William Wallace Smith Bliss

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Daguerreotype by unknown photographer, circa 1848.

William Wallace Smith Bliss (August 17, 1815 – August 5, 1853) was a United States Army officer and mathematics professor. A gifted mathematician, he taught at West Point and also served as a line officer.

In December 1848 Bliss married Mary Elizabeth Taylor, youngest daughter of the newly elected US President Zachary Taylor, whom he would serve as Presidential Secretary. Five years later Bliss contracted yellow fever in New Orleans and died at the age of 37.

Having become interested in the various Native American tribes, Bliss learned a number of their languages and studied their cultures. He was a member of the Royal Society of Northern Antiquaries of Copenhagen, Denmark, and an Honorary Member of the American Ethnological Society. Gifted at languages, he was able to read thirteen and could speak a number of those fluently.

Early life and education[edit]

Born in Whitehall, New York, he was the son of Captain John Bliss (of Lebanon, New Hampshire) and Olive Hall Simonds (of Todd County, Kentucky). John Bliss was an 1811 graduate of West Point.

Military career[edit]

At the age of 14, Bliss entered the United States Military Academy on September 1, 1829. He showed very great mathematical gifts while a student. He graduated July 1, 1833 (age 17) as a Second Lieutenant in the 4th Infantry Regiment. It was his choice to serve in the infantry.

He served in the Fort Mitchell army garrison in Alabama from 1833 to 1834. During 1835 he was involved in operations against the Cherokee during Indian Removal, which moved most of them to Indian Territory west of the Mississippi River.

From October 2, 1834 (age 19) until January 4, 1840 (age 24), Bliss served as Assistant Professor of Mathematics at West Point. As a Captain, he served as Chief of Staff from 1840 until 1841 to Brigadier General Walker Keith Armistead, the Commanding General in the Seminole Wars. He served at Fort Smith, Arkansas, and at Fort Jesup, Louisiana, as a staff officer.

In 1845, Bliss took part in the United States military occupation of the Republic of Texas, prior to its annexation. Between April 1846 and November 1847, he took part in the Mexican War, including fighting in the battles of Palo Alto, Resaca de la Palma and Buena Vista. He was brevetted to Major in May 1846, and brevetted to Lieutenant Colonel in February 1847 for gallant and meritorious service. [1]

During his entire service in Texas and Mexico, he served as Chief of Staff to Major General Zachary Taylor. Bliss was noted for his efficiency and skills as a high-level aide. His writing was simple, elegant, vigorous, and picturesque. He was cheerful and popular with the public.

Intellectual pursuits[edit]

He received the honorary degree of master of arts from Dartmouth College, New Hampshire, in 1849. He was a member of the Royal Society of Northern Antiquaries of Copenhagen, Denmark, and an Honorary Member of the American Ethnological Society.

He had a talent for languages, and was fluent in at least thirteen.[2] George Perkins Marsh, the philologist, said that Bliss was the best linguist in America.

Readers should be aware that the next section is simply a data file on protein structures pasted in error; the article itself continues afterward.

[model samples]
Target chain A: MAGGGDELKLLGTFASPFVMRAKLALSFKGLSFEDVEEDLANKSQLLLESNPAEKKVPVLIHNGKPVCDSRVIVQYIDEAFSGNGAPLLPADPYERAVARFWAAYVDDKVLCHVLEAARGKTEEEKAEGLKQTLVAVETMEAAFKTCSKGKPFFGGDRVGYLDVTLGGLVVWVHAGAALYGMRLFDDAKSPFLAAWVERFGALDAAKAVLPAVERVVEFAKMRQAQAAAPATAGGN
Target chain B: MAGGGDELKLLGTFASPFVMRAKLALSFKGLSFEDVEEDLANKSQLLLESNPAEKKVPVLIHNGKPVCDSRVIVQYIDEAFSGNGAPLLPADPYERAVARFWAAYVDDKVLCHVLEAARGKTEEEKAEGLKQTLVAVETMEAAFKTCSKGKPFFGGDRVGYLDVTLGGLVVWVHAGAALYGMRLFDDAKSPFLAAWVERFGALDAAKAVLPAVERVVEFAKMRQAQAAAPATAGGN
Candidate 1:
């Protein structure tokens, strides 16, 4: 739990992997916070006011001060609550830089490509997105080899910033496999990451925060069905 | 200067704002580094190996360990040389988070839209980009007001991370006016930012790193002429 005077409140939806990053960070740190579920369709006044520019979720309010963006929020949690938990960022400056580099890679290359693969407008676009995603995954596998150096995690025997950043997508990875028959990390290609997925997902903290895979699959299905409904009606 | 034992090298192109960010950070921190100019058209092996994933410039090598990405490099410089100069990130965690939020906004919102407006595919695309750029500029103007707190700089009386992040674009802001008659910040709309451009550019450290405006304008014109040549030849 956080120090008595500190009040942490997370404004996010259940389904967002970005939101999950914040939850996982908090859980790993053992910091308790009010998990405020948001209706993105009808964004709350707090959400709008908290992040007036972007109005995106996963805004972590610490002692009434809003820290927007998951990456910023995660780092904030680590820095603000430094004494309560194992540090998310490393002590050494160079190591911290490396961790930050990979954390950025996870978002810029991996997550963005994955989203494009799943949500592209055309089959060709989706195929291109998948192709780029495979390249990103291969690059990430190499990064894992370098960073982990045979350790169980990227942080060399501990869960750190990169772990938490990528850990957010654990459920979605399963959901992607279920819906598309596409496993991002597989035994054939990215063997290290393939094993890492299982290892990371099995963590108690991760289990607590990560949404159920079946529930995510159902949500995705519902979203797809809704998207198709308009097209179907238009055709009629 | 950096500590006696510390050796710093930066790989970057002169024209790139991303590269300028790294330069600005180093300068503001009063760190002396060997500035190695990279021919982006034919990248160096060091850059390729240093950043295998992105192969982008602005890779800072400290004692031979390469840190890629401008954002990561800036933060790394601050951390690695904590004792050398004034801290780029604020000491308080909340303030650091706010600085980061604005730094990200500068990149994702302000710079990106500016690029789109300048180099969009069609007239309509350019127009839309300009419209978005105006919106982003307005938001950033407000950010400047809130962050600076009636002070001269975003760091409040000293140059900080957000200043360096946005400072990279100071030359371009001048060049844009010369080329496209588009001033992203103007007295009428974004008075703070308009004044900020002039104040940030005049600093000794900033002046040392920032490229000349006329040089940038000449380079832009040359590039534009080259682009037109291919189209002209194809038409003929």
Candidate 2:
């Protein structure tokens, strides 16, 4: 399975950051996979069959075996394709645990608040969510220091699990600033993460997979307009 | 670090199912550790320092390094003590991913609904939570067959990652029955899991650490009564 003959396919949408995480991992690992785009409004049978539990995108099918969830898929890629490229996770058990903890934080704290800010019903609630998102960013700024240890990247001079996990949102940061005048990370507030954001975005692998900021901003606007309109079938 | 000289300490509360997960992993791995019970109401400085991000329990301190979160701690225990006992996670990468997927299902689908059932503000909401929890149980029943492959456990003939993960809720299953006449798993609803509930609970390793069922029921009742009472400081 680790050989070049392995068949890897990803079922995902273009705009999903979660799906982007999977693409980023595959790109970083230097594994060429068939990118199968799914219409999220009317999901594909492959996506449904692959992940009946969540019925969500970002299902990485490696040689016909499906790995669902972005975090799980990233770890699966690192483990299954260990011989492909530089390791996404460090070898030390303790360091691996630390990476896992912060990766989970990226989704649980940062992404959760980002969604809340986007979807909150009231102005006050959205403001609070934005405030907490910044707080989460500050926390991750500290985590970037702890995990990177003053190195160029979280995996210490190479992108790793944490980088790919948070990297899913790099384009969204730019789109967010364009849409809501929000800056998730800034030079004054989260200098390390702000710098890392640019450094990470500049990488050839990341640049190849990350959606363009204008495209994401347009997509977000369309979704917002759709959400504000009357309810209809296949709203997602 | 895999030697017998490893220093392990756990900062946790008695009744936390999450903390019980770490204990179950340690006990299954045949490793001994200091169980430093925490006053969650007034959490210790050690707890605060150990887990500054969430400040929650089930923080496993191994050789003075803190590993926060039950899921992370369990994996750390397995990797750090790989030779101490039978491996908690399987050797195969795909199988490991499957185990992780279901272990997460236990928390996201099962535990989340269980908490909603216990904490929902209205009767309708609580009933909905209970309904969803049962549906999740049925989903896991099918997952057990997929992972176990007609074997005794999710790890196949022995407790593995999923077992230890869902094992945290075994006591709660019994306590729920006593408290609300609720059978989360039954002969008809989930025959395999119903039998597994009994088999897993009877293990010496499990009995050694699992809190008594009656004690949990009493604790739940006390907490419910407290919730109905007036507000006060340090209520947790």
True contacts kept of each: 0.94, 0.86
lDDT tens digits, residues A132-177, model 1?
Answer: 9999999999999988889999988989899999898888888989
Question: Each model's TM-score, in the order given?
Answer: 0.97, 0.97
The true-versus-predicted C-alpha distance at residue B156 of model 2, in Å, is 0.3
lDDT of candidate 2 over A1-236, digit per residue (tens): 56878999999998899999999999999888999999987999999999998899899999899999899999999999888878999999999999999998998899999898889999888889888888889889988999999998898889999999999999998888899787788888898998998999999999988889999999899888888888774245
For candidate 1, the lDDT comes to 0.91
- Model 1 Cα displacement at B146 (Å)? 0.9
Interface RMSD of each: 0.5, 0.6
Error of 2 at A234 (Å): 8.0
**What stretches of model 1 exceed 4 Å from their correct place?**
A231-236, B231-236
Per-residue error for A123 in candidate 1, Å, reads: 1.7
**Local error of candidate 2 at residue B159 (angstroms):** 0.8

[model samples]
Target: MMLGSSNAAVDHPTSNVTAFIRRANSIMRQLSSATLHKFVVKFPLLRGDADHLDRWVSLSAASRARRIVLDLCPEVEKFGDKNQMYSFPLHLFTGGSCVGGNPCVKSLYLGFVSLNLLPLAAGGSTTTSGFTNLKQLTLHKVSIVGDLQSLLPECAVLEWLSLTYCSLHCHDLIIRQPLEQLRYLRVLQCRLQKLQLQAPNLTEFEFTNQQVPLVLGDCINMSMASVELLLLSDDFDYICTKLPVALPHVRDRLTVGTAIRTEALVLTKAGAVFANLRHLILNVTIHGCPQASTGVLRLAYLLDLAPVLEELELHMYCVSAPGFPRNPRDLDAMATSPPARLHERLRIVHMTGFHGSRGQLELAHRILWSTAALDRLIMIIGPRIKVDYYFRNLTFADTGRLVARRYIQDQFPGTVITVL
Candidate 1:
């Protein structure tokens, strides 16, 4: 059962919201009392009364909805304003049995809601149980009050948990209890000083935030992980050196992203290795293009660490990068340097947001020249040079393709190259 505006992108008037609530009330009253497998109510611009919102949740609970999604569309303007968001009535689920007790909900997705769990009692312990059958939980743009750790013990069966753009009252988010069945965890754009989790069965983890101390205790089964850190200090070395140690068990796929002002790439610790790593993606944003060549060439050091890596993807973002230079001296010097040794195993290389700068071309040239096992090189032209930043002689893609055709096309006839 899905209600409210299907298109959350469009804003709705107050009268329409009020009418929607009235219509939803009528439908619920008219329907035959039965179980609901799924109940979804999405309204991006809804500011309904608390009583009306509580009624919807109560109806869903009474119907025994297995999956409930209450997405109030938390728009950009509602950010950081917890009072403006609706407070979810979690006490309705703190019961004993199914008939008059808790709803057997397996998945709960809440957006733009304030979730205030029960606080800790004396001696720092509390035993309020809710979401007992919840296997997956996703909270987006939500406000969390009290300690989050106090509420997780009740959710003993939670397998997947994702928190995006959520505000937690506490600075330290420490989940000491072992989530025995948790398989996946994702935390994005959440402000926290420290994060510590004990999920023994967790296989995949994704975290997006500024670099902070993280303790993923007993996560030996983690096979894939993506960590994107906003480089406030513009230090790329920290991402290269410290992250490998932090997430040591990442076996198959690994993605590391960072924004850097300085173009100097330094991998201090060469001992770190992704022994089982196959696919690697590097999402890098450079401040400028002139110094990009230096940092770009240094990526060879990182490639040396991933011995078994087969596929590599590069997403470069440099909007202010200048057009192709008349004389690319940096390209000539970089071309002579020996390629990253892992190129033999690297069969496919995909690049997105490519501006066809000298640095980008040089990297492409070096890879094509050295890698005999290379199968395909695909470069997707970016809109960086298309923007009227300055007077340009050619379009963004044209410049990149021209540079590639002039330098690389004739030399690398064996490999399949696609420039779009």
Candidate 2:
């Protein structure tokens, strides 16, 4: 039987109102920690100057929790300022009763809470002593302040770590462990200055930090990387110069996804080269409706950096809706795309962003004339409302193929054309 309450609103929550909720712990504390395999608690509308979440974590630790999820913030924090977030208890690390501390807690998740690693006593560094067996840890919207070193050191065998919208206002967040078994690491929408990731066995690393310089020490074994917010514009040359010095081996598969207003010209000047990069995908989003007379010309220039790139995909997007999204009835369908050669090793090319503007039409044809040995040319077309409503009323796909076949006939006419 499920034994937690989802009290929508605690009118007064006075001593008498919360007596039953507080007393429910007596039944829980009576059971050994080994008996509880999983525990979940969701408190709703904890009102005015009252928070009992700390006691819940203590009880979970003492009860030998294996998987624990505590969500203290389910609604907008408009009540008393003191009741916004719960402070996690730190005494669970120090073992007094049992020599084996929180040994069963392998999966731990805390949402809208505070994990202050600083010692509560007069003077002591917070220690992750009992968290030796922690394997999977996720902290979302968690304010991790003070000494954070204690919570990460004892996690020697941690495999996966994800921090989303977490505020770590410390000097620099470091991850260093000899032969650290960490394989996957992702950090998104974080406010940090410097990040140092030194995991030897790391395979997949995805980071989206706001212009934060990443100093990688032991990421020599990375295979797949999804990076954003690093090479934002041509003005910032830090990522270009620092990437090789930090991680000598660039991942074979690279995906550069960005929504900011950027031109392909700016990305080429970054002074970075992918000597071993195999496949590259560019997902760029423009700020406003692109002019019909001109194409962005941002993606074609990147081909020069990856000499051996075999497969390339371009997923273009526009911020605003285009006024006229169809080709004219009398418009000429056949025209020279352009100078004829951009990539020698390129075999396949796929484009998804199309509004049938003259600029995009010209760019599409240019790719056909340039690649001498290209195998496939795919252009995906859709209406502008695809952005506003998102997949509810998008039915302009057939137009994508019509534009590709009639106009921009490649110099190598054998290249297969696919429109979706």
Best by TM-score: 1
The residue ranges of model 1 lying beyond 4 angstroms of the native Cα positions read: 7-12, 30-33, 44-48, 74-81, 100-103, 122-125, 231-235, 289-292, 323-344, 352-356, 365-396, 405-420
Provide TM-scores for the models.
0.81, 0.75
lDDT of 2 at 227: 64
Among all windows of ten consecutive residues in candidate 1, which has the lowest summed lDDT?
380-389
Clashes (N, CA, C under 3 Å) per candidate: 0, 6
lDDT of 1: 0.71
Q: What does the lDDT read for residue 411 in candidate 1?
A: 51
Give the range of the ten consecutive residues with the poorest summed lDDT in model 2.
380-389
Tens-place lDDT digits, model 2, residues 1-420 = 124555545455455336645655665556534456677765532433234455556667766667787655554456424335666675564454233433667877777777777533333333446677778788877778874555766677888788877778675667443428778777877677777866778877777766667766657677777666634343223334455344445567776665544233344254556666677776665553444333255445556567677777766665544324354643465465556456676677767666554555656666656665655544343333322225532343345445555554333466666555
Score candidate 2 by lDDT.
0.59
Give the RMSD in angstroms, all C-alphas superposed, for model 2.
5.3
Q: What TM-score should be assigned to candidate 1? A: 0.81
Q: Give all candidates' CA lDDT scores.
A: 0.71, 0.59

Marriage and family[edit]

On December 5, 1848, at Baton Rouge, Louisiana, Bliss married Zachary Taylor's youngest daughter, Mary Elizabeth (1824-1909; called "Miss Betty" after Taylor's election as President).

Political career[edit]

Taylor appointed Bliss as Private Secretary to the President (he was able to take leave from the Army for this assignment).

As the President's wife took no part in formal social events, she delegated the social role to their daughter Mary Elizabeth Bliss, who effectively became the First Lady of the White House at the age of 22. The popular young couple seemed destined to become powerful figures in Washington.

The President died suddenly in July 1850. Bliss and his wife Mary accompanied her widowed mother to Pascagoula, Mississippi. She died there in 1852, at the home of another daughter.

Bliss was assigned as Adjutant-General of the Western Division of the Army. Following a summer visit to New Orleans on behalf of University of Louisiana, Bliss contracted yellow fever. He died at Pascagoula on August 5, 1853, aged 37. He was buried at Girod Street Cemetery (defunct), New Orleans. A century later, his remains were moved to Fort Bliss National Cemetery in Texas.

Gravestone of William Bliss, Fort Bliss National Cemetery

Legacy and honors[edit]

  • 1849 the State of New York presented him with a Gold Medal for his bravery in the Mexican–American War, at Palo Alto, Resaca de la Palma, Monterrey, and Buena Vista.
  • March 8, 1854, the Post of El Paso was renamed in his honor as Fort Bliss.
  • A twenty-foot memorial, made of Italian marble, was erected in his honor in the Girod Street Cemetery, New Orleans. It noted he was "a finished scholar, an accomplished gentleman and a gallant soldier." In 1955, the cemetery was condemned for new construction in the Central Business District. When his remains were removed to the Fort Bliss National Cemetery, the monument was also moved and became the center piece of LTC William W. S. Bliss Parade Field, near Hinman Hall in Fort Bliss.[3]


  • Carl Sferrazza, America's First Families: An Inside View of 200 Years of Private Life in the White House, Lisa Drew Books
  1. ^ Service profile
  2. ^ W. S. Bliss
  3. ^ "William Wallace Smith Bliss Monument". The Historical Marker database. Retrieved April 28, 2016.

External links[edit]